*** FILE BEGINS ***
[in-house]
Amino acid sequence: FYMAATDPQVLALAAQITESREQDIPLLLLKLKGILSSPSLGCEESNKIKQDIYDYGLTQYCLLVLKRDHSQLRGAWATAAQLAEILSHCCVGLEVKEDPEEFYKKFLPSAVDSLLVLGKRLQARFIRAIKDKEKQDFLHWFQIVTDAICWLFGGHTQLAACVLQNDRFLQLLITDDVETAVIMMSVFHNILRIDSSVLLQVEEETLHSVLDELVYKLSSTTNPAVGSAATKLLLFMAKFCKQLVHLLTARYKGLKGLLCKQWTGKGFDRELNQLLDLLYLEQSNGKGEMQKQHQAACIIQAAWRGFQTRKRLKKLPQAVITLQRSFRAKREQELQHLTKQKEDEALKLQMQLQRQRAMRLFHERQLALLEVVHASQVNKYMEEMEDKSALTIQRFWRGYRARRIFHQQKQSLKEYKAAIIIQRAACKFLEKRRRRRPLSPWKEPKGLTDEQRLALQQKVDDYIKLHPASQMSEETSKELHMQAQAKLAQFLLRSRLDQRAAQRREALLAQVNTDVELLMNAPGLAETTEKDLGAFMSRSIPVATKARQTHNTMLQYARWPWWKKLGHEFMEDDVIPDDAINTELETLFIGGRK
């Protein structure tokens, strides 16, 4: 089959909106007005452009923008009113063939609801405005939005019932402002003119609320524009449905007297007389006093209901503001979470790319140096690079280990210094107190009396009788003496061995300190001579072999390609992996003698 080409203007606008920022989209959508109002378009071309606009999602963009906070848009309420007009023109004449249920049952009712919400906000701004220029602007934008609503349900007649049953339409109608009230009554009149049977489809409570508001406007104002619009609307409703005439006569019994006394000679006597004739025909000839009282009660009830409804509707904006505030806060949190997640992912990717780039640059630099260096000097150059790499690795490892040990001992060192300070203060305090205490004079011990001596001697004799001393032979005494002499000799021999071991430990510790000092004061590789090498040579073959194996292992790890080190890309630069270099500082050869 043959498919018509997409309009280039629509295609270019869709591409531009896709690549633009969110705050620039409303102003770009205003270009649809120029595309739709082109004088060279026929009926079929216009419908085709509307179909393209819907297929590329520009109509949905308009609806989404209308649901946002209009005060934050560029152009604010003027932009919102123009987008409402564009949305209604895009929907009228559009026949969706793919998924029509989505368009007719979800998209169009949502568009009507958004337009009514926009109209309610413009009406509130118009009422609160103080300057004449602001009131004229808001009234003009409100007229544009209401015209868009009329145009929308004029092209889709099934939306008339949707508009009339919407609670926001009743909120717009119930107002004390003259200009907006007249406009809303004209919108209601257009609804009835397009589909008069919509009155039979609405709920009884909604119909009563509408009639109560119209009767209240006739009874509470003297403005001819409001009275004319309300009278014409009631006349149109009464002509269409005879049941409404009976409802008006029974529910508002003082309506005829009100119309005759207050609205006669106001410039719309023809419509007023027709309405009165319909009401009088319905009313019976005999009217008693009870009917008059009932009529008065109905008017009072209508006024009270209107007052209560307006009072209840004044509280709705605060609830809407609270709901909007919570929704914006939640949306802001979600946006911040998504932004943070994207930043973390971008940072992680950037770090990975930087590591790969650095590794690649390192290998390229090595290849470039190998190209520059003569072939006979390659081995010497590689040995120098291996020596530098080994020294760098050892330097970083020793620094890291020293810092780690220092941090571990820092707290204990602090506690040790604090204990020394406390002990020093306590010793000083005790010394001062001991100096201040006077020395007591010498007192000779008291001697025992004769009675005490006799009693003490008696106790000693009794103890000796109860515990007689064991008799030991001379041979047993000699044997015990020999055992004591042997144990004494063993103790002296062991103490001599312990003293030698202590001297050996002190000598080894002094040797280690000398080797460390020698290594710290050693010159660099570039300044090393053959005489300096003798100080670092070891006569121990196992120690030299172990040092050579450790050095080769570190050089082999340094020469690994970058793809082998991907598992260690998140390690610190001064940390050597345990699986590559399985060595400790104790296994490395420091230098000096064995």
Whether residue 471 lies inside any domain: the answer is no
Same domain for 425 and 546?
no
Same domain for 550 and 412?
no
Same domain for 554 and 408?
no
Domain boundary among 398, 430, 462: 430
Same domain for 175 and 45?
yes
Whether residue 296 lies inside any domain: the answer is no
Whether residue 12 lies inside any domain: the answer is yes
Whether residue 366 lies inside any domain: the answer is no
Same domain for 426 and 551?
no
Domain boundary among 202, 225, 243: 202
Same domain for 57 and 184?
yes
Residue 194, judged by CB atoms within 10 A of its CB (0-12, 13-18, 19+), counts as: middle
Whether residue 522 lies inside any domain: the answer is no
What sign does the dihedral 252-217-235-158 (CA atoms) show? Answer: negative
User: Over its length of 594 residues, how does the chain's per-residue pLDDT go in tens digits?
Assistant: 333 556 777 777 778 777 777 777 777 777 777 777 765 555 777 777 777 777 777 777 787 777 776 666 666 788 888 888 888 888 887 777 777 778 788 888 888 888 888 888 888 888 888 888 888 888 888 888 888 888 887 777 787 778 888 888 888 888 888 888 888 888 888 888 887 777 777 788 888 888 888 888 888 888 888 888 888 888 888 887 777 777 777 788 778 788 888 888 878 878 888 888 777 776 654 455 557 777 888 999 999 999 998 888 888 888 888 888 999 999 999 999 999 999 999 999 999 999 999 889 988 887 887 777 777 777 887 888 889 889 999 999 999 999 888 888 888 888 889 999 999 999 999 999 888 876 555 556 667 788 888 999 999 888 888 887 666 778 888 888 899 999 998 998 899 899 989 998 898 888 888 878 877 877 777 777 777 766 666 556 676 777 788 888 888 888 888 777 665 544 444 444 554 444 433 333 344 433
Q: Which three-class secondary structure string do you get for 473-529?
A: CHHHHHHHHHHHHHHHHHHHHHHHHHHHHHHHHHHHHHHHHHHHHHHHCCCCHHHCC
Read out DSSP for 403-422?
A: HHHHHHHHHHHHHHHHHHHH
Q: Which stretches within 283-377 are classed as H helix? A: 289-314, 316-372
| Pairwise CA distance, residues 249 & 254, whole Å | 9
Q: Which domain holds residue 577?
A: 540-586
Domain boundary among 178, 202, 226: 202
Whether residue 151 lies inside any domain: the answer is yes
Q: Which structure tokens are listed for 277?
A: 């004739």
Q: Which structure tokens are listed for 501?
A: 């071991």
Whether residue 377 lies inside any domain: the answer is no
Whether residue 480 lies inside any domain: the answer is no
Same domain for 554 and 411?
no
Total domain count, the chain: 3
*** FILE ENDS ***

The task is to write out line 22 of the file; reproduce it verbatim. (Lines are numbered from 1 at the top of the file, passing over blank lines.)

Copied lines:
Residue 194, judged by CB atoms within 10 A of its CB (0-12, 13-18, 19+), counts as: middle